Companies can turn consumers into active online volunteers who offer consistently valuable input on existing and yet-to-be-designed products.
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s+b Blogs: Recent Research
- A new study finds that despite progress on gender equity, there seems to be an implicit quota on women holding senior positions at large companies.
- Employee self-control and subtle prompts from employers can turn the hours spent getting to and from the office into productive time.
- A study describes how companies can adopt a flexible innovation strategy that is responsive to changes in rapidly shifting markets.
- Companies rolling out social media marketing campaigns should keep their messages casual and general.
- A study shows that employees with poor credit are no more or less productive than their colleagues with better standing.
- Don’t let the performance of superstars distract you from the damage toxic employees inflict.
- A new study finds that the design of new products can help move a company’s stock — especially if those products appear to be very useful.
- Managers in restaurants and other service businesses can maximize sales by carefully filling teams with top performers and underachievers.
- Flexible, adaptive supply chain management is an overlooked but vital component of a company’s overall innovation strategy.
- Companies can maximize their investments in Web analytics if they focus tightly on priorities, layer human intelligence on top of smart technology, and enlist senior management to lead the charge.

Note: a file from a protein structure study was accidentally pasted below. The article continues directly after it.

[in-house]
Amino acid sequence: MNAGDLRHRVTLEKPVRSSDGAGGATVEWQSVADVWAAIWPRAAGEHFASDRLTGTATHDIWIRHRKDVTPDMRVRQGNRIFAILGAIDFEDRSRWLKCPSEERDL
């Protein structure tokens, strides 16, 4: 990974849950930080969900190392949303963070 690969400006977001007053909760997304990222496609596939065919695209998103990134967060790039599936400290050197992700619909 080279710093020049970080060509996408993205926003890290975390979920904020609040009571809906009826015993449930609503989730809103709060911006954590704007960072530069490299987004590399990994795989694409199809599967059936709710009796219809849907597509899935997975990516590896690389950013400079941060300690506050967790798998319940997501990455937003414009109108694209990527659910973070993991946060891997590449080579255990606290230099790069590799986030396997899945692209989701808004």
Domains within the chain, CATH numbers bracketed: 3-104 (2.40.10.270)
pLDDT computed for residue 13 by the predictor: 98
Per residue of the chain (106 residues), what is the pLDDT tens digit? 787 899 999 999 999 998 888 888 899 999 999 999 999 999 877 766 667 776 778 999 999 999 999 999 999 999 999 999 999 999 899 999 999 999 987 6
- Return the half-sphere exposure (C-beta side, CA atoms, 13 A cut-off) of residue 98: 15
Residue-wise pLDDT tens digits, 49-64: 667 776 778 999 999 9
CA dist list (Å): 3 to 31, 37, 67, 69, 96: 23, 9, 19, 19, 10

- Companies seeking to balance the rights of their workforce against the safety of their reputation have to craft clear social media policies.
- Working spouses are more likely to emotionally support each other when they work for companies that offer flexibility in balancing home and professional life. This support has important implications for company productivity and turnover as well.
- When firms want to shed a subsidiary, they must decide whether to spin off or sell the business. New research shows that selling, rather than spinning, may be the more profitable option.
- Despite the bad press about spending-based rewards programs, companies and consumers can both benefit if firms are willing to give up a small amount of revenue.
- Predicting a startup’s success before the venture is even launched may seem impossible. But entrepreneurs and investors should never overlook the value of assessing the basic concept behind the business.
- It’s generally presumed that employees who accrue political power at work are higher performers. But those who schmooze a little less are actually the best at their jobs.
- Email is still the king of office communications, but company-hosted social networking platforms are gaining in popularity, especially among younger workers.
- C-suite executives with criminal records in their personal lives are more likely to commit fraud than their law-abiding but free-spending counterparts.
- Given the growing number of international mergers, managers must overcome cultural differences with foreign colleagues to avoid the type of friction that can devalue a deal.
- Early adopters get most of the attention from analysts and marketers, but focusing on consumers who are resistant to innovations is another way to bring new products to market.
- Workshops in another setting can provide employees with a valuable means of thinking critically about their company’s vision.
- When market share is concentrated among a few companies, they advertise more. But that dynamic could actually benefit the competition.
- Analysts often discourage risky expansions into developing markets, but three distinct strategies have been associated with success.
- Many corporations reduced their investments in sustainable initiatives during the recent recession — but some relatively high-performing firms actually increased their long-term commitment to CSR.
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